Quote Originally Posted by Gladys View Post
    2. How many, so called proles, are party members in disguise. For instance, the 'prole', Mr Charrington, was not as he seemed. In communist East Germany, one in four proles was a Stasi agent. Is the ratio in Oceania, one in two?
    Nowhere near that high.

    As East Germany found out, it isn't economically possible to keep doing that. The idea of 1984 was more Pol Pot's style - crush the proles into a sub-human lifestyle.

    Quote Originally Posted by Gladys View Post
  12. Therefore, is the narrator really infallible and omniscient?
Always!

Quote Originally Posted by Gladys View Post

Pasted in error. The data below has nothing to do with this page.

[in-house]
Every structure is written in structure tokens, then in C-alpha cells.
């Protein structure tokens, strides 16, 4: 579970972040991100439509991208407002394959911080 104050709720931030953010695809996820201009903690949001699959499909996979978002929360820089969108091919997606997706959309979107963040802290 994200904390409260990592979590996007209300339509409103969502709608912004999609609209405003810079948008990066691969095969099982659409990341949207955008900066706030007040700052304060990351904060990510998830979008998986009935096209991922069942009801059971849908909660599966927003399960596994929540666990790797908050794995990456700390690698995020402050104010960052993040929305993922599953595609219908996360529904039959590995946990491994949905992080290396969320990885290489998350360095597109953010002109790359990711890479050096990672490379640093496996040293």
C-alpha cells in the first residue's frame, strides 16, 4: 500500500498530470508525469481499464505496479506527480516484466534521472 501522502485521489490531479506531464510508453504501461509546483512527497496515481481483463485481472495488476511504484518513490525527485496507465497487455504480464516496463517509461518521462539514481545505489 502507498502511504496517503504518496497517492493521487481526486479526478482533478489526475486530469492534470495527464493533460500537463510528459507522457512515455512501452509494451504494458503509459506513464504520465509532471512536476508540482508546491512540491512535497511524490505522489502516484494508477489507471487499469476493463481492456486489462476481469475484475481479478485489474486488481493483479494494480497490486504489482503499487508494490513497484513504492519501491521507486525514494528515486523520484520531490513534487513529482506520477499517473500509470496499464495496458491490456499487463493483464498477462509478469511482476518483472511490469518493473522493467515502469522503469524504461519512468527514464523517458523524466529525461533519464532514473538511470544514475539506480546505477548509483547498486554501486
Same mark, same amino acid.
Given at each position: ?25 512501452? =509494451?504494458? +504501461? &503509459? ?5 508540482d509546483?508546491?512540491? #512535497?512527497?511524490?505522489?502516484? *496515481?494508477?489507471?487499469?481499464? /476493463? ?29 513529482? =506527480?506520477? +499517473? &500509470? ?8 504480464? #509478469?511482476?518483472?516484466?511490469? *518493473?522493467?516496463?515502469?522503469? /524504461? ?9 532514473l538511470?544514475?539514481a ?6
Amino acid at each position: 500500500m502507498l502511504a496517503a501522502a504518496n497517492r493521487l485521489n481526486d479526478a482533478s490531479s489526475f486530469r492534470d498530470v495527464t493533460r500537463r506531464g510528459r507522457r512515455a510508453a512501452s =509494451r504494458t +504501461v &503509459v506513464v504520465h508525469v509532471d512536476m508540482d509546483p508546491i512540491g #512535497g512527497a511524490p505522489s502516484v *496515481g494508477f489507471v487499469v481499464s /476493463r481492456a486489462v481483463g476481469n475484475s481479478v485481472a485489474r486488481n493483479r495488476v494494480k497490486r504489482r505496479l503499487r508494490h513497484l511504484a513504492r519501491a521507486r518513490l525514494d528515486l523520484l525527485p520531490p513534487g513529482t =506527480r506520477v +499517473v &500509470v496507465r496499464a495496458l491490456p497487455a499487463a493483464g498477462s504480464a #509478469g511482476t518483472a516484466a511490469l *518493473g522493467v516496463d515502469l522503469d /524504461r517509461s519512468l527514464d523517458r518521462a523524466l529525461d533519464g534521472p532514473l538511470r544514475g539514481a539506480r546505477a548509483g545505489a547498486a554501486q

• In 1984 we have the inner and outer party and proles. There is another category: 'the subject peoples of the disputed territories'. What surveillance occurs there? Do these 'most nearly rational' people offer a glimmer of hope?
  • No, they're slave populations.

    Africa is kept bereft of technology, so no progress is possible. It is stuck forever in the 17th century.
    Go to work, get married, have some kids, pay your taxes, pay your bills, watch your tv, follow fashion, act normal, obey the law and repeat after me: "I am free."

    Anon
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  • #27
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    Quote Originally Posted by The Atheist View Post
    No, they're stupid.

    Orwell is careful to note that any prole who was likely to have enough brains to figure it out would be liquidated.